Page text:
GANEIDA'S KNOT.

Go mbeannai Dia duit.

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Quaker by conviction, mother by default, Celticst through love, Christ follower because I once was lost but now am found...

Tuesday, October 12, 2010

But the fruit of the Spirit is love, joy, peace, patience, kindness, goodness, faithfulness~ Galatians 5:22


There've been some nutters around down the centuries.  Take Frederick II, a Holy Roman Emperor who thought if babies were never spoken to they would somehow grow up speaking Hebrew ~ & set about to prove his hypotheses by raising a group of orphaned infants who were never spoken to & received only the minimal amount of touch necessary to bath & feed them.  Not surprisingly all the infants died before they uttered a single word.


In 1915 Dr Henry Dwight Chapman found that there was nearly a 100% mortality rate of infants under 2 years in American orphanages ~ directly attributable to a lack of touch.  At the time there was a "No Coddling" policy in place.


Then in the 1940s Renee Spitz thought he could reduce the incidence of disease by limiting human contact.  Another unlucky batch of orphans was experimented upon. More disease, more death & in the cleanest & most sterile environments the death rate rose to over 75%!


Sometimes the only thing to be done is hold someone as they weep, press their hand in sympathy, offer a hug. Simple kindness is a rare commodity these days, rarer than I thought.  See Star is innately kind.  She's the one I can rely one for a hug when I need one.  She's the one who will see a need & cheerfully assume responsibility for seeing that need is met.  Invariably if I lose Star getting off the boat it's because she's stopped to help someone carry their groceries or steady their walker, hold a baby, or a purse or the cat cage & I wait at the end of the jetty until I see her pony~tail bobbing towards me, her face wreathed in smiles.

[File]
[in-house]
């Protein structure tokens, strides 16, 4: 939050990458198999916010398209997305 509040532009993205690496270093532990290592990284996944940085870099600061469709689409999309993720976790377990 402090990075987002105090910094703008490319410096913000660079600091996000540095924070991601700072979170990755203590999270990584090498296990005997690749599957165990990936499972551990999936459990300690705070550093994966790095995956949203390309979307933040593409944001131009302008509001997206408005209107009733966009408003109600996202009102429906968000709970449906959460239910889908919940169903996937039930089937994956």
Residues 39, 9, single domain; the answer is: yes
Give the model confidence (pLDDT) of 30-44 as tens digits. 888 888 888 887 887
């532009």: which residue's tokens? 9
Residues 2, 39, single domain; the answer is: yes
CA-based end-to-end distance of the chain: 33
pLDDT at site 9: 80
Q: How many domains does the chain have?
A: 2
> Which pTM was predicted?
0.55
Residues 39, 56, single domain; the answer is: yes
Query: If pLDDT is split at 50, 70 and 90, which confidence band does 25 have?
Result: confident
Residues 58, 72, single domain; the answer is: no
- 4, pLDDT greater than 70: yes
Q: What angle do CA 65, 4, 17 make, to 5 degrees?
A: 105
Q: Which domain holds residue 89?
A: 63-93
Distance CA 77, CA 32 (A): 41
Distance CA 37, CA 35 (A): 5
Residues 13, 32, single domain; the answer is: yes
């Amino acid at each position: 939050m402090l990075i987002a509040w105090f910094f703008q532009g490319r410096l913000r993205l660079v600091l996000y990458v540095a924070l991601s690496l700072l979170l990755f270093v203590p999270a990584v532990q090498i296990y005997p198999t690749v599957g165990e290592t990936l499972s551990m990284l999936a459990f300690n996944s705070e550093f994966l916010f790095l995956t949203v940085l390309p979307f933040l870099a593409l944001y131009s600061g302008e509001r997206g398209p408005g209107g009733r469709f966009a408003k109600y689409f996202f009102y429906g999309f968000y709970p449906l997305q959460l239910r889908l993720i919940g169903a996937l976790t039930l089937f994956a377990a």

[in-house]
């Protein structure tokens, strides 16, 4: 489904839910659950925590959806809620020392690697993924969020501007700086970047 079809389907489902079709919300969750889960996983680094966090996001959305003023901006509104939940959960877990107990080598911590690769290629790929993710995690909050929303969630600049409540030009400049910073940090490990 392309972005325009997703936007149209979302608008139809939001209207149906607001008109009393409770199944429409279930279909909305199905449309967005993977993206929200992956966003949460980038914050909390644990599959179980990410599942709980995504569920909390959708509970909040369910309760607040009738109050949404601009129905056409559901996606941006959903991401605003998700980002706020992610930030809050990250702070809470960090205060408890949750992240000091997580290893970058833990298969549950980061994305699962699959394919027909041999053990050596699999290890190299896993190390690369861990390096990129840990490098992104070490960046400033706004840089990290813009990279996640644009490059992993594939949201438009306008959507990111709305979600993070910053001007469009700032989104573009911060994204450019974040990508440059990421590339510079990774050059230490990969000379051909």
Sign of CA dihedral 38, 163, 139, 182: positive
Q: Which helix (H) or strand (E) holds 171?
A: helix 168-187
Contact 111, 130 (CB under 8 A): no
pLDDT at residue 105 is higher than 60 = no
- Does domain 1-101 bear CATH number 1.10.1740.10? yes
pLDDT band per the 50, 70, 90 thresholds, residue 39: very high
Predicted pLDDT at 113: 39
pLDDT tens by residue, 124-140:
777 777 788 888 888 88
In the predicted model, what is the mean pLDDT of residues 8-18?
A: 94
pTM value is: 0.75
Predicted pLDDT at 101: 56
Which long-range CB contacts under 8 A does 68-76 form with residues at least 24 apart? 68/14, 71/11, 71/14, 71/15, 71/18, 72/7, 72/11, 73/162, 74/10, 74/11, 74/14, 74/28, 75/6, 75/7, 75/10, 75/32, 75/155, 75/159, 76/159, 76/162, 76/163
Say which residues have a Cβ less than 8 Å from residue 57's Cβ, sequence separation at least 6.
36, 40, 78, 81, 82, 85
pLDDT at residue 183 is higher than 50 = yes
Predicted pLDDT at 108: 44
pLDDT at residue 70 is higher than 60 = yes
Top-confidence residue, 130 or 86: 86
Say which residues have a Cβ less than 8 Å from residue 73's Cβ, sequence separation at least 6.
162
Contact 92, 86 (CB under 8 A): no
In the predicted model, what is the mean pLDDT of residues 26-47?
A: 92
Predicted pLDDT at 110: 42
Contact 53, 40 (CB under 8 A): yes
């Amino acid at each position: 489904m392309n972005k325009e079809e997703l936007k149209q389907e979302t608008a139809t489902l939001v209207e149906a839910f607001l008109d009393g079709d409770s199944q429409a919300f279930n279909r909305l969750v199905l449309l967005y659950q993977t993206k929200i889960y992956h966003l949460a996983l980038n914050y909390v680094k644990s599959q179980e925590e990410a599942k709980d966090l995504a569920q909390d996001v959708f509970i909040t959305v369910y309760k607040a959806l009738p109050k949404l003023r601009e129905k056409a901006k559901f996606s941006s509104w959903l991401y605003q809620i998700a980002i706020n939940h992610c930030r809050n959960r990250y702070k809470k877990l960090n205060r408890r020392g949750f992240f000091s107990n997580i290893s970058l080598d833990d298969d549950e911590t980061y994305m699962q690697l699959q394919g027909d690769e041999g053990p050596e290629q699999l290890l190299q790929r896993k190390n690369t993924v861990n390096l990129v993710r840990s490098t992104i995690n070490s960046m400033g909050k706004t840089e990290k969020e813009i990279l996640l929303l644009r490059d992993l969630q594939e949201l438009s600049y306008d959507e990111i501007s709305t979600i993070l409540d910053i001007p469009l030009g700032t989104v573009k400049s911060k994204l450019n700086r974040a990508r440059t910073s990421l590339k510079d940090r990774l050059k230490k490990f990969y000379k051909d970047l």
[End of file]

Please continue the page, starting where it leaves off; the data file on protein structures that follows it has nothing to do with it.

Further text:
Now in this day & age I can understand an older person being reluctant to hand over their belongings to a strong strapping teenager but a simple, "No thank you," is at least polite.  Sadly the rebuffs are usually less than polite.  Star has the happy knack of being able to shrug those off but I want her to continue to think of others beside herself.  We all need that touch of gentleness in our lives, the sense that someone has noticed our predicament & cares enough to draw alongside & help.  We all need a little kindness, the comforting hug, the blessing of touch.  I'm off to give Star a hug.  Who are you going to hug today?

7 comments:

joyfulmum said...

reading about Star moved me deeply! wow! I woke up to a hug from dd this morning:) she is the recipent of a lot of my hugs these days. I am not much of a hugging person generally probably cultural I guess but I love dd's and dh's hugs:)
Great thoughts here Ganeida, very inspiring!

Amanda said...

I'm a lover of hugs. As your post suggests, we can't live without the human touch, including loving words.

Beautiful post. Star doesn't have a mean look about her, not one little bit... I am surprised anyone would be wary of her.

Ruby said...

I'm a hugger, too!♥
I've had well over my usual quota today since we've had the whole day with the grandchildren♥
I learned/ observed the importance of those simple gestures very young as my own mother, who knew the trials of a large number of small children, would always stop to help young mums and oldies. It just seems natural. Though some are reluctant to receive help, as you say, I am always heartened by good mannered young teens opening doors etc and I find it does still happen.

Ganeida said...

Rosemary: I'm not a hugger either but I always made a point of hugging my kids when tehy were little. Now they sometimes give me hugs. ☺

Amanda: Star is a big girl. I think that's what makes people sometimes wary but one look at her face & you know she's perfectly harmless. lol

Ruby: It does still happen thankfully. It disheartens me to see ungracious adults when the teens have made the effort to be kind & thoughtful & generous with their time.

Ember said...

:0)

Hooray for lovingkindness!

Go, Star!

xxx

Anonymous said...

As I grow older and grumpier, I never fail to be impressed by teens and kids who offer help, hold doors open and generally display good manners towards complete strangers. I also never fail to thank them and make sure they know the gesture has not been wasted.

One of the legs of a recent long-haul plane trip was made much pleasanter recently by a lovely 10- or 12-year old boy across the aisle from me who looked for lost things under seats, engaged me and his mother in genuine and intelligent conversation and displayed beautiful manners. He put a lot of adult travellers on that trip to shame.

Sian the curmudgeon

seekingmyLord said...

Sweet! You know how much the Princess is like Star about things like this.